Sen. Duckworth is the first U.S. senator to have a baby while serving
The Democratic senator from Illinois is having a baby at 49 years old. This will be her second child. Nowadays, it has become more common for women her age to conceive a child.
- In 2016, the percentage of women who have ever given birth was higher than it was ten years earlier.
- In a way, the country's fertile and business cycles are interrelated.
- Chances of health complications for your baby increase as you grow older.
These older women are reversing a 40-year-old trend
According to a research study conducted by the Pew Research Center, 86% of women ages 40 to 44 were recorded to have been mothers in 2016, whereas only 80% of women in this age group had children back in 2006. "Not only are women more likely to be mothers than in the past, but they are having more children," the report said. One interesting statistic that the report found was that most women in this age group who have never married have still had a baby. There has been a rise in women who have never wed by the end of their childbearing years. Among them, a majority have at least one child.
The economy may be related to the rise and fall of birth rates
"The Great Recession intensified this shift toward later motherhood, which has been driven in the longer term by increases in educational attainment and women's labor force participation, as well as delays in marriage," said the Pew report. "Given these social and cultural shifts, it seems likely that the postponement of childbearing will continue." In terms of why women may wait to have children, one reason is that their desire to focus on their career. Also, houses are expensive, and couples are inclined to wait and save for a down payment before starting a family. Senator Duckworth herself wrote on Twitter that, "I'm hardly alone or unique as a working parent, and my daughter Abigail has only made me more committed to doing my job and standing up for hard-working families everywhere."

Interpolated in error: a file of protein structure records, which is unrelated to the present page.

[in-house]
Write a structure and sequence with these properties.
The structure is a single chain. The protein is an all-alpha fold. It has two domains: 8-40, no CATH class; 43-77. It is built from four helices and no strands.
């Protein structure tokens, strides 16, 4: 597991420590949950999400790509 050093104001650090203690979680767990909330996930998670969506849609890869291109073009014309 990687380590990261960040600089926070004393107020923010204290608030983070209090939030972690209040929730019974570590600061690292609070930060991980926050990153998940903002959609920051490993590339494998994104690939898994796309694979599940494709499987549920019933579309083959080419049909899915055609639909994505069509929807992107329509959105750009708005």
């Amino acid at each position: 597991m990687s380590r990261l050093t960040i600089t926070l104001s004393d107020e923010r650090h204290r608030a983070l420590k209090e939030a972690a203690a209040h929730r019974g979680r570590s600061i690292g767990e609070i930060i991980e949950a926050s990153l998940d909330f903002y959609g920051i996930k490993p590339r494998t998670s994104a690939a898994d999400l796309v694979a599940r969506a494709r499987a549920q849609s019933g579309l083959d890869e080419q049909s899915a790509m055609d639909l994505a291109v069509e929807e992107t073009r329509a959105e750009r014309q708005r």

There are health risks that come along with having a baby later in life
The chances of having a baby with Down Syndrome increase from 1 in 100 at age 40 to 1 in 30 at age 45. Mothers who give birth in their 40s also have a higher chance of having to go through C-sections because of complications, low birth weight, and stillborn babies. According to the Mayo Clinic, women are more likely to develop gestational diabetes and high blood pressure during pregnancy if they conceive after they are 35. It is important to note that you are not alone if you decide to have a child at a later age. There are plenty of resources available to help you. Don't be afraid to reach out to your physician if you have any questions or concerns regarding your pregnancy.